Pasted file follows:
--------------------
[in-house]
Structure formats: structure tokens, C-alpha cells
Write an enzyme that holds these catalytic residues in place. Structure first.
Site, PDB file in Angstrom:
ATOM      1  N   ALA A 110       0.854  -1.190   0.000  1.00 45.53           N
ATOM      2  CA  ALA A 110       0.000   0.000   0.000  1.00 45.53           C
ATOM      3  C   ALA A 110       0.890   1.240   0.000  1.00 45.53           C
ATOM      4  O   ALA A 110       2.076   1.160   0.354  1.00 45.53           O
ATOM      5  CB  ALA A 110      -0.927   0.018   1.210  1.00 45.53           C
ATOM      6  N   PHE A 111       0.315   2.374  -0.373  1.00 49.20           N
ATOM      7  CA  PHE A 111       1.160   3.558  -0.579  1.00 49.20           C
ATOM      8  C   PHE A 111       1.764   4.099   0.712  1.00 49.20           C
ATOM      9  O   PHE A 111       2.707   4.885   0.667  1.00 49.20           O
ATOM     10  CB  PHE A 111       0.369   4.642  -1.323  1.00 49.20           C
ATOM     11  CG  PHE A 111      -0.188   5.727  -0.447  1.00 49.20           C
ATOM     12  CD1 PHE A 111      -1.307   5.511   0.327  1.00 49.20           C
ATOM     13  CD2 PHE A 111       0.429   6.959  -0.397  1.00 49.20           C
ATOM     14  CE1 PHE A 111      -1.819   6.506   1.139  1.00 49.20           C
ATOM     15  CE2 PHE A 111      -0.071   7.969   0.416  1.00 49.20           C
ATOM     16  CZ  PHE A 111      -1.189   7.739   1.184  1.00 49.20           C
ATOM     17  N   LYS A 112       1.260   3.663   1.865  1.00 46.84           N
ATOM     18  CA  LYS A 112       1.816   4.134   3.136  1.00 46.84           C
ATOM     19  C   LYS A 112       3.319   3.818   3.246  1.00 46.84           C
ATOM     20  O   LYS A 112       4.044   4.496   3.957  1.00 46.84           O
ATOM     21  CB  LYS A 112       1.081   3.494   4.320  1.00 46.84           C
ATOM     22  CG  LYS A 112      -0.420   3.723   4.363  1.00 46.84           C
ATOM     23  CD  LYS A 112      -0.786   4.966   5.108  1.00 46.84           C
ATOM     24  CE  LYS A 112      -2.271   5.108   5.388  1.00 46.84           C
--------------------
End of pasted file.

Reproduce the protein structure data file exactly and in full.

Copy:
[in-house]
Structure formats: structure tokens, C-alpha cells
Write an enzyme that holds these catalytic residues in place. Structure first.
Site, PDB file in Angstrom:
ATOM      1  N   ALA A 110       0.854  -1.190   0.000  1.00 45.53           N
ATOM      2  CA  ALA A 110       0.000   0.000   0.000  1.00 45.53           C
ATOM      3  C   ALA A 110       0.890   1.240   0.000  1.00 45.53           C
ATOM      4  O   ALA A 110       2.076   1.160   0.354  1.00 45.53           O
ATOM      5  CB  ALA A 110      -0.927   0.018   1.210  1.00 45.53           C
ATOM      6  N   PHE A 111       0.315   2.374  -0.373  1.00 49.20           N
ATOM      7  CA  PHE A 111       1.160   3.558  -0.579  1.00 49.20           C
ATOM      8  C   PHE A 111       1.764   4.099   0.712  1.00 49.20           C
ATOM      9  O   PHE A 111       2.707   4.885   0.667  1.00 49.20           O
ATOM     10  CB  PHE A 111       0.369   4.642  -1.323  1.00 49.20           C
ATOM     11  CG  PHE A 111      -0.188   5.727  -0.447  1.00 49.20           C
ATOM     12  CD1 PHE A 111      -1.307   5.511   0.327  1.00 49.20           C
ATOM     13  CD2 PHE A 111       0.429   6.959  -0.397  1.00 49.20           C
ATOM     14  CE1 PHE A 111      -1.819   6.506   1.139  1.00 49.20           C
ATOM     15  CE2 PHE A 111      -0.071   7.969   0.416  1.00 49.20           C
ATOM     16  CZ  PHE A 111      -1.189   7.739   1.184  1.00 49.20           C
ATOM     17  N   LYS A 112       1.260   3.663   1.865  1.00 46.84           N
ATOM     18  CA  LYS A 112       1.816   4.134   3.136  1.00 46.84           C
ATOM     19  C   LYS A 112       3.319   3.818   3.246  1.00 46.84           C
ATOM     20  O   LYS A 112       4.044   4.496   3.957  1.00 46.84           O
ATOM     21  CB  LYS A 112       1.081   3.494   4.320  1.00 46.84           C
ATOM     22  CG  LYS A 112      -0.420   3.723   4.363  1.00 46.84           C
ATOM     23  CD  LYS A 112      -0.786   4.966   5.108  1.00 46.84           C
ATOM     24  CE  LYS A 112      -2.271   5.108   5.388  1.00 46.84           C